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I've worked on the newt underpainting for two class sessions now. The rest of the time it has been living in my car. (That's why this is such a weird photo.) Kinda like it with the crazy blue. Hope I still like it when the blue starts turning other colors.
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What Pen and Anna have been waiting for!

This is my inspiration pic:

It is a photo of a red eft by Michael Righi. It's been my favorite newt picture since I started looking for newtly inspiration in July. I've been staring at it off and on for quite a while, trying to figure out how I want to orient and crop it onto a canvas.

I particularly liked how, if I turned it on it's side, some of the marks in the rock reminded me of a ladder. Also really liked how there's some spots (look like water marks) on the fungus that are similar to the newt's spots.

Here's another photo from Michael Righi's photostream:


Here I'm pondering my prints of this again. I want to play up the "ladder" and, Anna will know what I'm talking about here, I'm thinking about Celestial Navigation.


Several layers of tracing paper, so I can manipulate parts of the composition independently.


I'm thinking I really like this one.


Then having second thoughts. Maybe I want a square canvas. I could make a newty sort of mandala...


No. Maybe I'll save that idea for another time.

I've started drawing my composition on a 16" X 20" canvas. Giant newt!
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The colors in this painting are getting wilder. It's even more violet in person (the lighting in that room is yellowy). I wasn't too sure about this technique for adding texture when I was working on it in class, but I think it's another example of my liking the painting better when I've taken several steps away from the easel.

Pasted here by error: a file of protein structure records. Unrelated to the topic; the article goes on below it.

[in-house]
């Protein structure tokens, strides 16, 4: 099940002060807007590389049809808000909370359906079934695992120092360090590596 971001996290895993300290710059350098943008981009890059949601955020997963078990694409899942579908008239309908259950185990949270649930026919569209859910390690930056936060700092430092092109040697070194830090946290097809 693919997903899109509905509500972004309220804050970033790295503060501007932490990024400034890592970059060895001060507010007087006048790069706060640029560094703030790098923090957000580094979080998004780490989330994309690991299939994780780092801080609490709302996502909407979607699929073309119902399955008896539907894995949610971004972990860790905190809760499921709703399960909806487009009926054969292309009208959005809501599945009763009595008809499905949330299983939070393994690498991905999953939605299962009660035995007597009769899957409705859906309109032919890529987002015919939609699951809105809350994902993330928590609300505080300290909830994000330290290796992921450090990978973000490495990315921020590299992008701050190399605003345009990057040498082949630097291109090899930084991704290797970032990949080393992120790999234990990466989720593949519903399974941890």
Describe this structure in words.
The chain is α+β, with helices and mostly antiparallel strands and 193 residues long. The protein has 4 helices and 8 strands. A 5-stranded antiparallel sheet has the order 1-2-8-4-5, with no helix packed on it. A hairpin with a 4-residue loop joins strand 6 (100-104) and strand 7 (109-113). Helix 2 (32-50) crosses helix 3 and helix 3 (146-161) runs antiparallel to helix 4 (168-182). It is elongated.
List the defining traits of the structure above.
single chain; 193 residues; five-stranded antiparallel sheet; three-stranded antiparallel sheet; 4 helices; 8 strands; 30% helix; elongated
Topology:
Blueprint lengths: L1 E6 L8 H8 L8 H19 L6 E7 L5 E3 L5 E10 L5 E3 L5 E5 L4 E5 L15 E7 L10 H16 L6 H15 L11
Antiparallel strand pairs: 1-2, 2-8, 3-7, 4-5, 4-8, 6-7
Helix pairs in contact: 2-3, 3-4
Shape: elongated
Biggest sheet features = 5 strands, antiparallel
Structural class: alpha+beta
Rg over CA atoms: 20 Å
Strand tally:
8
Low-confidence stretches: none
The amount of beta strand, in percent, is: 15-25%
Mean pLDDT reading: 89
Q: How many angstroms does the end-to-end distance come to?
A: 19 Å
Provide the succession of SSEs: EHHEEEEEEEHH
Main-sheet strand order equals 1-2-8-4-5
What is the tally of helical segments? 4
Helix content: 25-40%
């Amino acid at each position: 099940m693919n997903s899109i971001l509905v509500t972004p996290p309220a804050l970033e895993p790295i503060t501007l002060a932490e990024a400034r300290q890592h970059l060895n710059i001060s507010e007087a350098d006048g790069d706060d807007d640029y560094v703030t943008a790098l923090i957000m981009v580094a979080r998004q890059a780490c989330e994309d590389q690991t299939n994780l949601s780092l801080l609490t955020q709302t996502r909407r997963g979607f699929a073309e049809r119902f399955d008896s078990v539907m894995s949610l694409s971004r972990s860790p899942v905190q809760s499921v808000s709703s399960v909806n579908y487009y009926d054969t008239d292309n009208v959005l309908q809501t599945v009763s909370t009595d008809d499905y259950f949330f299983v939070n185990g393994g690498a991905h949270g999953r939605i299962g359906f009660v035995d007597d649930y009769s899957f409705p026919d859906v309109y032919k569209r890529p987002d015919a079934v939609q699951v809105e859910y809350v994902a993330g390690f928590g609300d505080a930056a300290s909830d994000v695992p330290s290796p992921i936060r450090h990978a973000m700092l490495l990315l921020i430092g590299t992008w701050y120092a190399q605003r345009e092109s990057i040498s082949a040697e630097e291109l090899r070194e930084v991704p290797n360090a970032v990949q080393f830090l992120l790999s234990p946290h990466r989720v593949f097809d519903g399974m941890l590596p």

Wonder if I can get this done by Halloween...
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A couple of those white lines are chalk, not paint. All that is left is to wait another day or so until I'm certain the whisker paint is dry, then brush away the chalk.

Dude.

I painted! \o/
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The workshop I really wanted to go to on Saturday was canceled because I was the only person who signed up for it. :(

Talked with my painting teacher, though, and she's going to talk a bit in tonight's class about the style covered in the workshop. And perhaps that will get some others interested and next month's workshop on the same topic will have more people.

With the cancellation, I sewed instead of painting. On Friday, I bought a pattern/tutorial for making fabric bins from Nestings. I made thirteen bins this weekend. For friends at work: two with pumpkins, two with leaves. For my mother: two with snails. For me: seven in yellow linen. I'll be making a bunch more for me. (The seven for me hold 47 volumes of Naruto.)



I also cut two pairs of curtains from IKEA down and re-hemmed them. They're very cute. I'd post a picture, but unfortunately, they fell down already. I need to figure out how to span a five-feet-wide window with them--without a center brace--and make it strong enough that a kitty sneaking through the curtains isn't enough to pull the whole thing down. Using a tension-mount shower curtain rod did not do the trick.